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Crystal A. deGregory
Tennessee State University
Raising a Nonviolent Army: Four Nashville Black Colleges and the Century-Long Struggle for Civil Rights, 1830s-1930s
Advisor: Richard J.M. Blackett, PhD
As the “Athens of the South,” Nashville is the home of Fisk, Meharry, Tennessee State and American Baptist Theological colleges, four of the South’s oldest black centers of higher education. The role of these schools’ students in the modern Civil Rights Movement however, has been largely attributed to the black church tradition. Yet, long before scores of Nashville college students planned, organized and executed one of the most disciplined nonviolent direct-action campaigns against segregation during the 1960s, black college students, faculty and alumni enjoyed a century-long history of often complicated and sometimes multifarious activism. While the study reveals the institutional, personal and collective risks of black college activism, it attempts to answer one principal question: As centers of black thought, agency, self-determination and social responsibility, do black colleges deserve more credit for their role in the black resistance narrative; and if so, have they been cheated by orthodoxy which contends that the black church alone is at the epicenter of black activism? The archival sources for this project include public documents, institutional and personal correspondence, student publications, newspapers, as well as administrative and board records. When woven together, these histories will bring to bear the causal factors that are both exceptional to the Nashville movement as well as representative of the larger narrative of student activism. In doing so, this project reconsiders the place of black colleges in the larger struggle for civil rights stretching back to the early 19th century. It argues that black college student activists in Nashville and across the South during the modern Civil Rights Movement, whether they knew it or not, stood in the much longer tradition of black college activism.
|List Affiliations:||Former Reviewer for H-SAWH
|Interests:||African American History / Studies
Black History / Studies
Women, Gender, and Sexuality
A native of Freeport, Bahamas, Dr. Crystal A. deGregory received her doctoral degree in history from Vanderbilt University in May 2011. Entitled "Raising a Nonviolent Army: Four Nashville Black Colleges and the Century-Long Struggle for Civil Rights, 1830s-1930s," her dissertation focuses on the role of American Baptist College, Fisk University, Meharry Medical College and Tennessee State University and their students in the struggle for equality, justice and civil rights in Nashville, Tennessee.
Crystal received her undergraduate training at the historic Fisk University. A proud Fiskite, the school's small but mighty faculty nurtured her love of history as both a passion and profession. In May 2005, she was awarded a master's degree from Vanderbilt for her thesis "The Color Divide in the Emergent Black Man's Party: The Political Strivings of the Bahamian Colored and Black Middle Class in the Progressive Liberal Party, 1953-1963."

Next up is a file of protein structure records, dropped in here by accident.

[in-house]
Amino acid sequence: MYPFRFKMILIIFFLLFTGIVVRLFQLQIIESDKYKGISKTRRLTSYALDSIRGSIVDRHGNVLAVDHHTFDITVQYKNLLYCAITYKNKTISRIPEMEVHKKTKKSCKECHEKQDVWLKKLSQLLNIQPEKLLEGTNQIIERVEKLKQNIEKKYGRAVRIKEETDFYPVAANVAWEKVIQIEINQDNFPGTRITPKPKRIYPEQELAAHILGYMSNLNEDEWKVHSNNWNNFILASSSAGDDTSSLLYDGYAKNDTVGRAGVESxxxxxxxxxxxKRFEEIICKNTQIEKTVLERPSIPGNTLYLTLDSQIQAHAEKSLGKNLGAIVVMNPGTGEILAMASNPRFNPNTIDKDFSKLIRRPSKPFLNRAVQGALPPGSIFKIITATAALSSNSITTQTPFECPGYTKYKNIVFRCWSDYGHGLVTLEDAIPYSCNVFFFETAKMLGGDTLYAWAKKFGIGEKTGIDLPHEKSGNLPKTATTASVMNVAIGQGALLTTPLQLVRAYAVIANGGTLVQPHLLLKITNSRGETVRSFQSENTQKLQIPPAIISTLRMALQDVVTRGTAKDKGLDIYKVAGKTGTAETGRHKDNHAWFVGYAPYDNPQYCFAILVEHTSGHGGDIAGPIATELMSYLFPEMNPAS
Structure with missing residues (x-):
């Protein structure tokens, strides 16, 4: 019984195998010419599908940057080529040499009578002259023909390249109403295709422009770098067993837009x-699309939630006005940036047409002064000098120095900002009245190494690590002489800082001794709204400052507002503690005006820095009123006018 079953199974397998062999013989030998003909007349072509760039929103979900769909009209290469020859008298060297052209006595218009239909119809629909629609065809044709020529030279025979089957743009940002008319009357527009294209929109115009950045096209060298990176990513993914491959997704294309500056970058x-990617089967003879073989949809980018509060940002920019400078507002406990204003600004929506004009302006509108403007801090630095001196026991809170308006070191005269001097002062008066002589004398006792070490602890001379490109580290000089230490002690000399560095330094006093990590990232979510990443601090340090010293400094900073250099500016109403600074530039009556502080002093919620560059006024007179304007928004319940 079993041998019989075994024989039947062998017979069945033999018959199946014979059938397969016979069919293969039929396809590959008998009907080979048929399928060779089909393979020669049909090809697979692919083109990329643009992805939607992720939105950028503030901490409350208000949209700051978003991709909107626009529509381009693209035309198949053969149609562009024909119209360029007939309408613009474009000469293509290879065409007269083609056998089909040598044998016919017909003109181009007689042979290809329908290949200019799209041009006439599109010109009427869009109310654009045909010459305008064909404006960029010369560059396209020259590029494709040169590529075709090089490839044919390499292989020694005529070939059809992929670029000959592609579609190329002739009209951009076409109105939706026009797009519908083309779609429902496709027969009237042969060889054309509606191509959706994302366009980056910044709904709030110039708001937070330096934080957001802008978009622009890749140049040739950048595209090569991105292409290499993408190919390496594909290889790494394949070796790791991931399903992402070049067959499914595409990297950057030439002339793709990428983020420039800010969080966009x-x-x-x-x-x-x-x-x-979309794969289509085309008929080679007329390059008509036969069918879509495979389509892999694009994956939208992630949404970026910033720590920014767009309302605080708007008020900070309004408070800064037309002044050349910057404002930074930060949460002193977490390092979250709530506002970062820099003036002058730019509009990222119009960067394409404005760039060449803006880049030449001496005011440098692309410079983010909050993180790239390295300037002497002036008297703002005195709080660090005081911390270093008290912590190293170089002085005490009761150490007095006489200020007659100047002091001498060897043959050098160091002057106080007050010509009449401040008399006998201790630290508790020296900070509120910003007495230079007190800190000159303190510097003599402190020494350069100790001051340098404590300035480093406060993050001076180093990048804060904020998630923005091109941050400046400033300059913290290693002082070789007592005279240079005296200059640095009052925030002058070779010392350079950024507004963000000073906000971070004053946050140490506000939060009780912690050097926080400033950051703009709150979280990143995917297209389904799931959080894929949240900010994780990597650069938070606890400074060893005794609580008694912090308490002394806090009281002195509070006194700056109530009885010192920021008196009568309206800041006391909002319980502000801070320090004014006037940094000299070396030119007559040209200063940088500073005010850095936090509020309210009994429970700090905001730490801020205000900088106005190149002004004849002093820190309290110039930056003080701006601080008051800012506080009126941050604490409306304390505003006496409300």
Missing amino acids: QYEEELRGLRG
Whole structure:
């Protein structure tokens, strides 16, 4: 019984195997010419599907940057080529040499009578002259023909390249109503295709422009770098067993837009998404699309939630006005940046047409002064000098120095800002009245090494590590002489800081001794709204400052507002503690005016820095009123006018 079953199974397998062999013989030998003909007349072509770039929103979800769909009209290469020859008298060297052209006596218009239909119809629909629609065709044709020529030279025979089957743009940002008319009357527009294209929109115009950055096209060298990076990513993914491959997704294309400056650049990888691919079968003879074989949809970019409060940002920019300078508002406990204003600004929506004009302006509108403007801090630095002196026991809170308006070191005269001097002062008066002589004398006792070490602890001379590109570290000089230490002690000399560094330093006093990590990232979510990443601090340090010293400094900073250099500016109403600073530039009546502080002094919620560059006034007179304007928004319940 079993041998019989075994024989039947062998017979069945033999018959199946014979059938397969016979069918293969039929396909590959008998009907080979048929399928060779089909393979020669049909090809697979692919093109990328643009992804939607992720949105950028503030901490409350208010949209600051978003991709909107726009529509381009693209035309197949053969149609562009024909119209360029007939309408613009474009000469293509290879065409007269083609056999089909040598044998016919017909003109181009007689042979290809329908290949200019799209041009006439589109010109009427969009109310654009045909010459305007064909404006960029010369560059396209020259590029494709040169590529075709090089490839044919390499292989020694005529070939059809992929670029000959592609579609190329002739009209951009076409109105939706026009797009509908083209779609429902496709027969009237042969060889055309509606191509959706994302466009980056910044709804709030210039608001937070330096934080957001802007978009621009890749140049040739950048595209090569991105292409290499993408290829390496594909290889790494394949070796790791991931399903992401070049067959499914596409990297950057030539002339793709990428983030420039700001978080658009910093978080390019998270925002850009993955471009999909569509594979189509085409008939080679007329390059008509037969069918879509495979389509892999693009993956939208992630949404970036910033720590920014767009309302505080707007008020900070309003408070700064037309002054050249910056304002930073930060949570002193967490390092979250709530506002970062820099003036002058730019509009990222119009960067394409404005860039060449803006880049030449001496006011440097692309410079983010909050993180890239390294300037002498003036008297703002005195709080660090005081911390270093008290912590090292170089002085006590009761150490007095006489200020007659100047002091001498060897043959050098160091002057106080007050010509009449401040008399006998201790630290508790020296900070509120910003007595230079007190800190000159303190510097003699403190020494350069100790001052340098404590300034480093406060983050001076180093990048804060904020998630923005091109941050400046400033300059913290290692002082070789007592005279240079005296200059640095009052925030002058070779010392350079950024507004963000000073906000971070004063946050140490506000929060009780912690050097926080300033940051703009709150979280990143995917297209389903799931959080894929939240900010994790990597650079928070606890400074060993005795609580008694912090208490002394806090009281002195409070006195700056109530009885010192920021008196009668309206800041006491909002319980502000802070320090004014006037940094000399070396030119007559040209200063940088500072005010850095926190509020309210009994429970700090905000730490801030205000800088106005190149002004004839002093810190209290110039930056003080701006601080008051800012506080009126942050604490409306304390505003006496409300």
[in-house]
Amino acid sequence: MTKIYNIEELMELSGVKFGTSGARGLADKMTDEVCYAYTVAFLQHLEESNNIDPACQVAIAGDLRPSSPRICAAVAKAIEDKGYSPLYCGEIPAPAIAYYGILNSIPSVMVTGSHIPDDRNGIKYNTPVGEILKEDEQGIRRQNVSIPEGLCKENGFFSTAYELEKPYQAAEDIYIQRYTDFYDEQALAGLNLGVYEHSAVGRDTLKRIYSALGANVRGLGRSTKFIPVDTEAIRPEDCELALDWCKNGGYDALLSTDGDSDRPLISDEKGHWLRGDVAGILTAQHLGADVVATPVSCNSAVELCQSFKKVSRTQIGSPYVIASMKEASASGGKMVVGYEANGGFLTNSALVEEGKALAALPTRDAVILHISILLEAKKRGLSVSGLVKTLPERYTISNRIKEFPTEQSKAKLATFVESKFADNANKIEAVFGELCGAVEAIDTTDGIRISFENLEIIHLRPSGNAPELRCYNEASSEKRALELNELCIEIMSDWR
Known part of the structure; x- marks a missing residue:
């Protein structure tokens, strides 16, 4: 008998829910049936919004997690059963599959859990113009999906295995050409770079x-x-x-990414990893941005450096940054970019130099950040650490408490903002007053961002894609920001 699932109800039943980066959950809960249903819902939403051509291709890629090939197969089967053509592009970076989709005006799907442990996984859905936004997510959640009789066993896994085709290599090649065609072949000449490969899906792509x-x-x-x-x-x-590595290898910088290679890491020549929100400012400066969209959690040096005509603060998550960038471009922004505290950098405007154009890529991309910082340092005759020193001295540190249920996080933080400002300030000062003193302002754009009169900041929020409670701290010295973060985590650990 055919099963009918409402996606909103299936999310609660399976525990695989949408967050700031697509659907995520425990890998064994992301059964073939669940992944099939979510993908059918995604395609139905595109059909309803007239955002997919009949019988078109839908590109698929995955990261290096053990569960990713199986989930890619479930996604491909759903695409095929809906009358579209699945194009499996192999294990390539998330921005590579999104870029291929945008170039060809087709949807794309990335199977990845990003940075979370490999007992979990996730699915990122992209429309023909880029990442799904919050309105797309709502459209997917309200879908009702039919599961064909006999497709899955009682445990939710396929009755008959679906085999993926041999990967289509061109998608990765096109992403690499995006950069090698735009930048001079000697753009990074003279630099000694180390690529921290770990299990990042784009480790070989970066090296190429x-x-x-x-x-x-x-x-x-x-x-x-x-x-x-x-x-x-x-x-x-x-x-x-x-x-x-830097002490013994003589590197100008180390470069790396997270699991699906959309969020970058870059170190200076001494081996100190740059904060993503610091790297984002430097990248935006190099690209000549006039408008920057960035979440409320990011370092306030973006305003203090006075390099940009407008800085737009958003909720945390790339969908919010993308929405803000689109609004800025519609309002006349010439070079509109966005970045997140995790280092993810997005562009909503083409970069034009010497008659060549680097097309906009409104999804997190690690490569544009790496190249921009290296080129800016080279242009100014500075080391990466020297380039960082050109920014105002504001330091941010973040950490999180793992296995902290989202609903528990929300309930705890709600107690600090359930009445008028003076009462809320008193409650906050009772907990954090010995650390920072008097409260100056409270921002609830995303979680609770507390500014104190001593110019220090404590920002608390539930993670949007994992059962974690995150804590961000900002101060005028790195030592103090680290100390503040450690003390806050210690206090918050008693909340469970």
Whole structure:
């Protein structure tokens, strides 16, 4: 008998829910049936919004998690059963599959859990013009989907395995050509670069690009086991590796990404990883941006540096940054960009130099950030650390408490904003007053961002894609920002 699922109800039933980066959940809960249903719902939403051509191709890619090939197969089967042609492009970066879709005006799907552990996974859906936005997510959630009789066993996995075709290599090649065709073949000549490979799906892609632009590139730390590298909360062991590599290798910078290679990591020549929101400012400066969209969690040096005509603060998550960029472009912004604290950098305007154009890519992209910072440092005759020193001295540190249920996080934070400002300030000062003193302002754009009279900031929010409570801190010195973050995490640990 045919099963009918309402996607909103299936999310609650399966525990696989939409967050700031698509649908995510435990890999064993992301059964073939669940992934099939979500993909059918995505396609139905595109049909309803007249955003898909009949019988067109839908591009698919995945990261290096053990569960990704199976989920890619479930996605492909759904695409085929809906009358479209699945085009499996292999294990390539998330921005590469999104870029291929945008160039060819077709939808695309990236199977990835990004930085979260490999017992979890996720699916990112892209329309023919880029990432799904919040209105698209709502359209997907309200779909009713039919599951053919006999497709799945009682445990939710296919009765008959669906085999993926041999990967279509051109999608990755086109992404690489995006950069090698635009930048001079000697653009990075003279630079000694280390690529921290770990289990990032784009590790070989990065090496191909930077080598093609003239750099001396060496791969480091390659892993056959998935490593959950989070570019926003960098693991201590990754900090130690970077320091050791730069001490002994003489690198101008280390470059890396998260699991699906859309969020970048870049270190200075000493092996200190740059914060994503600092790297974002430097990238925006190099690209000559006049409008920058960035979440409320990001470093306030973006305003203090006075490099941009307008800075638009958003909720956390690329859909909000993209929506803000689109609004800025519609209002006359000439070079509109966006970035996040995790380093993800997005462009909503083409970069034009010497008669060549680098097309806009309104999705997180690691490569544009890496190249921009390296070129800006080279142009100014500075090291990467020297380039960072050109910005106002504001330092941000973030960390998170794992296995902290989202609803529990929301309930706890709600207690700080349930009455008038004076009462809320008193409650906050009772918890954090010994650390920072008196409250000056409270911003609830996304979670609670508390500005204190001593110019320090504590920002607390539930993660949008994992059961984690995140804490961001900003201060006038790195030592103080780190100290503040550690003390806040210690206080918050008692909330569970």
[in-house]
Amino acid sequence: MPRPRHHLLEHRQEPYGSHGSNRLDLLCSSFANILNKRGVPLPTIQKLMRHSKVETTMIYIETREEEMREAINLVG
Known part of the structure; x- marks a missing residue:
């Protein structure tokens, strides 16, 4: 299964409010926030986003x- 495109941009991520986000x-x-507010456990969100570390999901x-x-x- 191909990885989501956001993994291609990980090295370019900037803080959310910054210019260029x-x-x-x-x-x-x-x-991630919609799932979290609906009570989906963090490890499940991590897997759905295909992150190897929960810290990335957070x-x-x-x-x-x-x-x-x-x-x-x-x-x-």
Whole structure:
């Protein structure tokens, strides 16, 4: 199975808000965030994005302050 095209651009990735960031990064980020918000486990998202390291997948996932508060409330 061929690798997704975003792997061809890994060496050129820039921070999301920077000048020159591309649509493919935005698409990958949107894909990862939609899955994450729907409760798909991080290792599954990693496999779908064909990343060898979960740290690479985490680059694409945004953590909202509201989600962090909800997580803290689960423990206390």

A former fellow of the National Visionary Heritage Fellows Program of the National Visionary Leadership Project, her research on Drs. McDonald and Jamye Coleman Williams was included in the 2004 monograph, A Wealth of Wisdom: Legendary African American Elders Speak. In addition to being among the inaugural fellows of Vanderbilt's Center for Nashville Studies (in conjunction with Vanderbilt's College of Arts and Sciences), Crystal was the recipient of the Bahamas Government Graduate Scholarship and Lyford Cay Graduate Student awards. In 2010, she also won the alternate award for the TIAA-CREF Ruth Simms Hamilton Research Fellowship.
She believes deeply in the unique mission of Historically Black Colleges and Universities (HBCU) and to this end, proudly serves on the faculty of Tennessee State University’s department of history, geography and political science. A regular contributor to HBCU Digest, Crystal is also the founder and executive editor of HBCUstory.com, an online advocacy center presenting inspiring stories of the HBCU community’s past and present, for our future.
Her work has been published in Encyclopedia of African American Popular Culture (2011), Tennessee Historical Quarterly (2010), Freedom Facts and Firsts: 400 Years of the African American Civil Rights Experience (2009), National African American Biography (2008), Notable Black American Men II (2007), and Encyclopedia of African American Business (2006). She has forthcoming work in The Tennessee State University Journal and in
A Single Garment of Destiny: Martin Luther King, Jr. and the Globalization of an Ethical Ideal, Lewis V. Baldwin and Paul Dekar, editors.